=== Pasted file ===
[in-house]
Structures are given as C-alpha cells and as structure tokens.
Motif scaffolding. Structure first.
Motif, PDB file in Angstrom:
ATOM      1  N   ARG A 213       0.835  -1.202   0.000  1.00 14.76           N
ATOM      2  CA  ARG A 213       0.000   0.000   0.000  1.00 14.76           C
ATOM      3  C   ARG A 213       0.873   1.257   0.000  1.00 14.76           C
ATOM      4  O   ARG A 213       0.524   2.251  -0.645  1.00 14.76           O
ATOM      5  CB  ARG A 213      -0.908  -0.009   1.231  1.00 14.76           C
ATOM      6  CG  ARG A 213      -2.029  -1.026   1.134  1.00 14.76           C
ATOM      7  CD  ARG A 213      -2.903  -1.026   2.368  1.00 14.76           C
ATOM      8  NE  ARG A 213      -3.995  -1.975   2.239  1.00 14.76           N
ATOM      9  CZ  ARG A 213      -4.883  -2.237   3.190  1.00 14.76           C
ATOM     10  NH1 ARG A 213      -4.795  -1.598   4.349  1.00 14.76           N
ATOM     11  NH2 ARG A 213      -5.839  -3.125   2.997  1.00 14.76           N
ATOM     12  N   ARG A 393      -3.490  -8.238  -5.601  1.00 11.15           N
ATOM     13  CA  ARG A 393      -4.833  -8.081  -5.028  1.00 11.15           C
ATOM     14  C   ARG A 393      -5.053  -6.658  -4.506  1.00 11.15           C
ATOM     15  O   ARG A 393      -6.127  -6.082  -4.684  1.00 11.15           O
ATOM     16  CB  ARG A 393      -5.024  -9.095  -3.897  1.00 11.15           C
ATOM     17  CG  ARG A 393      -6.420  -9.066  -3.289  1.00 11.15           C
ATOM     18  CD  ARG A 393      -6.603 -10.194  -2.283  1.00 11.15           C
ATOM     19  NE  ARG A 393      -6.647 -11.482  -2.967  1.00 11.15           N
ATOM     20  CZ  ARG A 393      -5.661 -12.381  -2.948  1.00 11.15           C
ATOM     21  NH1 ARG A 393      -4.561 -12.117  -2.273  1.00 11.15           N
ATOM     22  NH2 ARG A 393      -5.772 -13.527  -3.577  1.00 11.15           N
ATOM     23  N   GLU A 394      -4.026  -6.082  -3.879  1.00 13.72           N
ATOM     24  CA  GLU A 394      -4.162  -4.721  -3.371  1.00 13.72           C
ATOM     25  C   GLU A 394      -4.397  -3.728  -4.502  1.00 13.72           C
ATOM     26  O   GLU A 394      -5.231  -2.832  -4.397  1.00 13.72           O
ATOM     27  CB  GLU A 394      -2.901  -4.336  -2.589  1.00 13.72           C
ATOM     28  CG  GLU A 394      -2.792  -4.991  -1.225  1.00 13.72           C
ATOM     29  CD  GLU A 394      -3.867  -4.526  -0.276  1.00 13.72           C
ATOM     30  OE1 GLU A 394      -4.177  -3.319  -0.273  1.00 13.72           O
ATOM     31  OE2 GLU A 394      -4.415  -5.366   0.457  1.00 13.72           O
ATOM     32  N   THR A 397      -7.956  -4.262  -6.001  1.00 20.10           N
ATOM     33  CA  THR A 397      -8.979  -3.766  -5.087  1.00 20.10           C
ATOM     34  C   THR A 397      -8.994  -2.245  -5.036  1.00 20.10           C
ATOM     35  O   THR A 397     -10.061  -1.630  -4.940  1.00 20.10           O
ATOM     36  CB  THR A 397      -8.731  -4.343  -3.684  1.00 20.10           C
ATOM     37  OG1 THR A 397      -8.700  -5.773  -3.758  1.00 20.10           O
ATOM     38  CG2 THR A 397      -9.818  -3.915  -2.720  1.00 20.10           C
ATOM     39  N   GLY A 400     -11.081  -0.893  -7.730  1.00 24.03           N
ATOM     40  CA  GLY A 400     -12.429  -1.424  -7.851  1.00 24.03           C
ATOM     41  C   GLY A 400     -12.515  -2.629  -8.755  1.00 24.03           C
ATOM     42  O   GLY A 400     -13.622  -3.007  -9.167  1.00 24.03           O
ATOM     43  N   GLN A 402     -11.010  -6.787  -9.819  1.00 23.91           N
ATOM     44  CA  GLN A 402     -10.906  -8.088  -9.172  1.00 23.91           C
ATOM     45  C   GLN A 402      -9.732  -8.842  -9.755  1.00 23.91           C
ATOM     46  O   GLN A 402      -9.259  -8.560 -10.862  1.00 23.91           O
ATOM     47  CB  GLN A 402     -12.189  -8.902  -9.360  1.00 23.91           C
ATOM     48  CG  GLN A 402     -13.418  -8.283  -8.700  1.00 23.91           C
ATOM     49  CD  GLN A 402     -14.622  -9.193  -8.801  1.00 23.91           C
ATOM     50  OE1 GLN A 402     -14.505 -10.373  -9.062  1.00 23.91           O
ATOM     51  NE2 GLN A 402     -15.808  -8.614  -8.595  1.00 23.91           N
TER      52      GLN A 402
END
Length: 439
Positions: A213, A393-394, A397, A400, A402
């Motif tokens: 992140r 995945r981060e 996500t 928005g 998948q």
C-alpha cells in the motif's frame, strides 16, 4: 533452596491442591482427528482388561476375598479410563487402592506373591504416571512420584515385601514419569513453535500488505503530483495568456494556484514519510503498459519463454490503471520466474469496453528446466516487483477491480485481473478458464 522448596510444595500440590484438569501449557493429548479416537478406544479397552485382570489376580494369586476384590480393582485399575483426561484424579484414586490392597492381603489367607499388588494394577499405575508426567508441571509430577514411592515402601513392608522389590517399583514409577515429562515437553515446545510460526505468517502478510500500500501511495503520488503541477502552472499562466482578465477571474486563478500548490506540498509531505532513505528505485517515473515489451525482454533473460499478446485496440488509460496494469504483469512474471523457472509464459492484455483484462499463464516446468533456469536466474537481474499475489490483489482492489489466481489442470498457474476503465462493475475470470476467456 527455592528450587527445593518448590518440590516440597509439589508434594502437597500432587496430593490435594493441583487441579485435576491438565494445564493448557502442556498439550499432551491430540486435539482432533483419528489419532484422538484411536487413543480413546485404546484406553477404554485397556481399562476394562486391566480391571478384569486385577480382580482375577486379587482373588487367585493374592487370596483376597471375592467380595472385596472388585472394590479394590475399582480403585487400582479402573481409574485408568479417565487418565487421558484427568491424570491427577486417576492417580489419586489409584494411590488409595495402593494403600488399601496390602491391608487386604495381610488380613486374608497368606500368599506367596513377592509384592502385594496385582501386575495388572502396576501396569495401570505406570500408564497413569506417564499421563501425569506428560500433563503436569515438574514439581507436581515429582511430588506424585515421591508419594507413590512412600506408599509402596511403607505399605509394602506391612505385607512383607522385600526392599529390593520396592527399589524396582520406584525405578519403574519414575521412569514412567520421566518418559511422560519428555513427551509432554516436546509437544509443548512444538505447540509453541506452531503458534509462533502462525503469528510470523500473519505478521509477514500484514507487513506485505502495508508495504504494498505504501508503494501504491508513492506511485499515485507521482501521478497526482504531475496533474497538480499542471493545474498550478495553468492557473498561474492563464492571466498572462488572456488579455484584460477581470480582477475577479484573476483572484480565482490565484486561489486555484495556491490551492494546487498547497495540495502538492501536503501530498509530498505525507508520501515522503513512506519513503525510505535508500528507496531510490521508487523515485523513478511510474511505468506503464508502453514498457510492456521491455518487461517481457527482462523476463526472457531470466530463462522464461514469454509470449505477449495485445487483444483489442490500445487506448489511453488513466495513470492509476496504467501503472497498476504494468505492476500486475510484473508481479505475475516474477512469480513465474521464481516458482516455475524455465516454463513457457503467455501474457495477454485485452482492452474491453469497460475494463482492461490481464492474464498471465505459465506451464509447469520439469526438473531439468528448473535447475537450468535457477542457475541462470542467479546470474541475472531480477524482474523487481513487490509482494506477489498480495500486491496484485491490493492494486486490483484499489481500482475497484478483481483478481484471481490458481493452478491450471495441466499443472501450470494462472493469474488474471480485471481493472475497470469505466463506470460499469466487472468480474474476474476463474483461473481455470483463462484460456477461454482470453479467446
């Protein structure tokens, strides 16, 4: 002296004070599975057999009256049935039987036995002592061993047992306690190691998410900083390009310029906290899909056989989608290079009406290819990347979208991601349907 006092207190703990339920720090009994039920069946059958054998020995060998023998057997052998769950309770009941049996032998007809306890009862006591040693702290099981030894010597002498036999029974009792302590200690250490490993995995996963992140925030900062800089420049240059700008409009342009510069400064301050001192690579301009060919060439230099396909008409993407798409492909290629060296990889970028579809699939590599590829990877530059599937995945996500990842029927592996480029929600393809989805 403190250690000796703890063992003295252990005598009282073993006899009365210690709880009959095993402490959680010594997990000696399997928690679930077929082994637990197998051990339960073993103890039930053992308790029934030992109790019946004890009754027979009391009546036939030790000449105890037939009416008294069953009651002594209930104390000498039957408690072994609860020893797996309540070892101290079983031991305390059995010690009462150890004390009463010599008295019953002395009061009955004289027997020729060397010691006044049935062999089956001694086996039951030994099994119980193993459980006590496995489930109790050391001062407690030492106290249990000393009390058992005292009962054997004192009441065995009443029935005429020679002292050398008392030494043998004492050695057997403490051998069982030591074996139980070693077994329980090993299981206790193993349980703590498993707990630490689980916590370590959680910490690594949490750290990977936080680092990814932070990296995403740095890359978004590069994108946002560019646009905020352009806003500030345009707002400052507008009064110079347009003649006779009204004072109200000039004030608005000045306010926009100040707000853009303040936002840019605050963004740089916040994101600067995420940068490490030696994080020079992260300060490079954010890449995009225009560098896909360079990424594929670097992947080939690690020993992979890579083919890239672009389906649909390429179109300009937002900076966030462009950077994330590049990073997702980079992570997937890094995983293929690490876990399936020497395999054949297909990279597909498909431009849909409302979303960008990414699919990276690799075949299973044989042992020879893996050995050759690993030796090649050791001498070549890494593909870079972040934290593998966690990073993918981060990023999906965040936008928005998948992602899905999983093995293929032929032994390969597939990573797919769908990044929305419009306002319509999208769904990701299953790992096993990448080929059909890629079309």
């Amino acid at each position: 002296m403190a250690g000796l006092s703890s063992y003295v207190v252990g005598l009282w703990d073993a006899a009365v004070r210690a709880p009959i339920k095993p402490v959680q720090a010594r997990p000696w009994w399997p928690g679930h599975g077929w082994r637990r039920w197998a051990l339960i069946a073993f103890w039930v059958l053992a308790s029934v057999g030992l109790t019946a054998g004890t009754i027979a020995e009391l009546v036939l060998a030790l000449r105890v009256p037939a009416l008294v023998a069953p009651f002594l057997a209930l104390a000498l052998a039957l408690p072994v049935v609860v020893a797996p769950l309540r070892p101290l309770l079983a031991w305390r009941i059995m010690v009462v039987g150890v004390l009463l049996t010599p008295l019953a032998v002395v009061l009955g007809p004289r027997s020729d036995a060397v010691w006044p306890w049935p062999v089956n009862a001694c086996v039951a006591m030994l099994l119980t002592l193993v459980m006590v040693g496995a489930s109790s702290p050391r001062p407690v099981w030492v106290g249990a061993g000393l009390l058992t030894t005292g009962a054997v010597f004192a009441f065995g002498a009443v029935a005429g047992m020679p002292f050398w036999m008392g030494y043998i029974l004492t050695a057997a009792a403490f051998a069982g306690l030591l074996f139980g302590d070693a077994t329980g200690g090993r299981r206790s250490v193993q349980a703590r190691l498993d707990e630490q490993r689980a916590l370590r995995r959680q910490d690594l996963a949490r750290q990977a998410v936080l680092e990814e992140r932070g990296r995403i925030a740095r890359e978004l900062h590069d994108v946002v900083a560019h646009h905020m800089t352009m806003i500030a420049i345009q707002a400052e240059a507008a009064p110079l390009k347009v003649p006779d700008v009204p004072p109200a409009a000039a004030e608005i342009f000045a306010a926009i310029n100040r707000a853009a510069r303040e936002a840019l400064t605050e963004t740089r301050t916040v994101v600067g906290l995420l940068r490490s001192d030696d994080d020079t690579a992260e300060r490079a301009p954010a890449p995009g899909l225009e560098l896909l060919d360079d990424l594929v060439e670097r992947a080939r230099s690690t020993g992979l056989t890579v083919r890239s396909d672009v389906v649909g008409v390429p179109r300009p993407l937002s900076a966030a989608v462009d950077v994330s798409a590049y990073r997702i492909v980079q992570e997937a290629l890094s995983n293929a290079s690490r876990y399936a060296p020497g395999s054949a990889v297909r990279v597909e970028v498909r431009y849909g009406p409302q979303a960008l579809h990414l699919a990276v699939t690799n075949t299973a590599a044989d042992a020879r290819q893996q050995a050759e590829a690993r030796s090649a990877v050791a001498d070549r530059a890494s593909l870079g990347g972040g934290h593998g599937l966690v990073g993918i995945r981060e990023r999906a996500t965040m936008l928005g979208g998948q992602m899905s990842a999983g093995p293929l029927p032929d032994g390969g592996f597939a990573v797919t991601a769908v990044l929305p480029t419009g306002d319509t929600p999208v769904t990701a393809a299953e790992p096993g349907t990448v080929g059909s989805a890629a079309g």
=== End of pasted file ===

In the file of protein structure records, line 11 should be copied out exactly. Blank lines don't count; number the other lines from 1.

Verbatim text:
ATOM      7  CD  ARG A 213      -2.903  -1.026   2.368  1.00 14.76           C